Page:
Danish “Dropbox Pirate” Received Imprisonment Sentence

Written by Bill Toulas
Last updated April 30, 2020

A woman who thought it would be a good idea to sell access to her Dropbox folder where she had academic textbooks stored has just received a jail sentence by a court in Denmark. The plaintiff was the Danish Rights Alliance “Rettighedsalliancen,” and this case was part of a wider prosecution effort that concerned a total of three individual pirates. The anti-piracy organization noticed an advert that was placed on a popular site in the country, offering 115 digital copies of e-books for only 20 kronor (about $2). The books belonged to publishers Gyldendal, Lindhardt and Ringhof, University of Southern Denmark, and Social Literature, whom “Rettighedsalliancen” represented in this case.

Apparently, the woman behind the ad wasn’t bothered by the fact that the local police removed the advertisement at some point, and continued to share the material with others unlawfully. Soon, the police tracked her down to the Vanløse district in Copenhagen, and a week after, she was brought in front of the Nykøbing Falster court judge. The pirate admitted her wrongdoing, and the court decided to impose a sentence of 20 days in prison, as well as to issue a financial compensation order.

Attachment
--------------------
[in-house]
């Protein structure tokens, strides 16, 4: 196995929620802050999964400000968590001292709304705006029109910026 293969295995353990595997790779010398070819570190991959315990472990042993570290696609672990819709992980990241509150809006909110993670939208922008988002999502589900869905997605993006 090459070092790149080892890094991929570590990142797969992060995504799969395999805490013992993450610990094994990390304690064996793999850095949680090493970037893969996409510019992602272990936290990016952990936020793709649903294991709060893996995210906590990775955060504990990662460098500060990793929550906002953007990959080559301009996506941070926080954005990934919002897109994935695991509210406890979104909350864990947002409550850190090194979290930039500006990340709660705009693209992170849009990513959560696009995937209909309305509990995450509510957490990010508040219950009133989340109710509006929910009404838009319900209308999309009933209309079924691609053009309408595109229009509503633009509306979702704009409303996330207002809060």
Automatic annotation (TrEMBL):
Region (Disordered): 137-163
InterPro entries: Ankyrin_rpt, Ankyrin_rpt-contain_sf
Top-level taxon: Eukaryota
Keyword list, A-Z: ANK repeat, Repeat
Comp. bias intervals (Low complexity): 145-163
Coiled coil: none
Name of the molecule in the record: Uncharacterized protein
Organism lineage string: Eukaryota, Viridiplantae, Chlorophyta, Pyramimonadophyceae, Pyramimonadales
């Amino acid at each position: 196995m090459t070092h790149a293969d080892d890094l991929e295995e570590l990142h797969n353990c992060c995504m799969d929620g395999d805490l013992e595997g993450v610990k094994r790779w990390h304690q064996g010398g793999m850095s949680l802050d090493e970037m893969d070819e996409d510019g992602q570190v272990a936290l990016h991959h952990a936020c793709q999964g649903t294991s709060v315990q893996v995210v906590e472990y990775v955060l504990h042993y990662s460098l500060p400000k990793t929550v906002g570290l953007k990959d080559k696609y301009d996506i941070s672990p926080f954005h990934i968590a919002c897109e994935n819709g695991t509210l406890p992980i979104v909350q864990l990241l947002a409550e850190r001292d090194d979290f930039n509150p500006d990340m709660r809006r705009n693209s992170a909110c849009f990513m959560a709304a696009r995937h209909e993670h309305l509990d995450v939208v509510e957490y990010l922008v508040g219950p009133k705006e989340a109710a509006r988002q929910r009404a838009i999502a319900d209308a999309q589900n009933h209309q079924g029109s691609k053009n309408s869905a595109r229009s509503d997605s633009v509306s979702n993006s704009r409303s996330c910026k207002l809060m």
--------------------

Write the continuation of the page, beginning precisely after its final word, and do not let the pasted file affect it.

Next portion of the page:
The chief of the Danish Rights Alliance Maria Fredenslund told the press that they are happy with the decision, as it sends a message to the local pirating community. Even when someone believes that the authorities won’t bother to go after pirates who are selling a small number of relatively inexpensive items for an almost insignificant profit, court decisions like this one come to prove that this is not the case, as she stated:

“It is crucial that the police move quickly in these cases, as the extent of illegal activities can quickly increase if the rumor about the possibilities for free books spreads among students. Although it may seem innocent to copy a textbook and sell it to other students, it has serious consequences in a systematic way.”

In a previous case of the same legal action, a 26-year-old student who sold textbooks and advertised the offering on the “Blue Newspaper” was sentenced to 20 days in prison and received a confiscation order. He accepted a settlement agreement with the Rights Alliance, so he should stay clear from doing the same thing again in the future. This person was selling the books for a higher price, but the Court of Fredericksberg decided to impose an identical sentence.

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